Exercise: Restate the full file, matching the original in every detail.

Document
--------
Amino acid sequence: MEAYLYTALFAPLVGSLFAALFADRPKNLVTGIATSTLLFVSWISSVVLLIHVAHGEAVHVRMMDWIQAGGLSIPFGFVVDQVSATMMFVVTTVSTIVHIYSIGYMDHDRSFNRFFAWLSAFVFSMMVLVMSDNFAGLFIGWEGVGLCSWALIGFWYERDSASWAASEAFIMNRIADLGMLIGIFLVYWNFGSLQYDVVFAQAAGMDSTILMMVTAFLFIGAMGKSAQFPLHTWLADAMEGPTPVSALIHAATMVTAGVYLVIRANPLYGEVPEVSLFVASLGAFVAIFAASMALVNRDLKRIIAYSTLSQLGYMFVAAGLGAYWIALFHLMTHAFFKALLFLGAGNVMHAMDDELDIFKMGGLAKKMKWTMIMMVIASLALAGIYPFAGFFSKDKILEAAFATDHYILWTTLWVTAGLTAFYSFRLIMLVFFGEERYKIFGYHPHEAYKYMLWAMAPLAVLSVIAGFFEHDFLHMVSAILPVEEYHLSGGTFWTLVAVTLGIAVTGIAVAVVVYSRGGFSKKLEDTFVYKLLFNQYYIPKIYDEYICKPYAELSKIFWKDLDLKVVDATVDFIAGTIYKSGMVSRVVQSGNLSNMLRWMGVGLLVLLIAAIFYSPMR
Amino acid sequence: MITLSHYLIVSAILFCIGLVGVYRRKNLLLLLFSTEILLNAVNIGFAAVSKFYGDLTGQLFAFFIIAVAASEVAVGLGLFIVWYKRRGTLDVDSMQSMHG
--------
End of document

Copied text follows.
Amino acid sequence: MEAYLYTALFAPLVGSLFAALFADRPKNLVTGIATSTLLFVSWISSVVLLIHVAHGEAVHVRMMDWIQAGGLSIPFGFVVDQVSATMMFVVTTVSTIVHIYSIGYMDHDRSFNRFFAWLSAFVFSMMVLVMSDNFAGLFIGWEGVGLCSWALIGFWYERDSASWAASEAFIMNRIADLGMLIGIFLVYWNFGSLQYDVVFAQAAGMDSTILMMVTAFLFIGAMGKSAQFPLHTWLADAMEGPTPVSALIHAATMVTAGVYLVIRANPLYGEVPEVSLFVASLGAFVAIFAASMALVNRDLKRIIAYSTLSQLGYMFVAAGLGAYWIALFHLMTHAFFKALLFLGAGNVMHAMDDELDIFKMGGLAKKMKWTMIMMVIASLALAGIYPFAGFFSKDKILEAAFATDHYILWTTLWVTAGLTAFYSFRLIMLVFFGEERYKIFGYHPHEAYKYMLWAMAPLAVLSVIAGFFEHDFLHMVSAILPVEEYHLSGGTFWTLVAVTLGIAVTGIAVAVVVYSRGGFSKKLEDTFVYKLLFNQYYIPKIYDEYICKPYAELSKIFWKDLDLKVVDATVDFIAGTIYKSGMVSRVVQSGNLSNMLRWMGVGLLVLLIAAIFYSPMR
Amino acid sequence: MITLSHYLIVSAILFCIGLVGVYRRKNLLLLLFSTEILLNAVNIGFAAVSKFYGDLTGQLFAFFIIAVAASEVAVGLGLFIVWYKRRGTLDVDSMQSMHG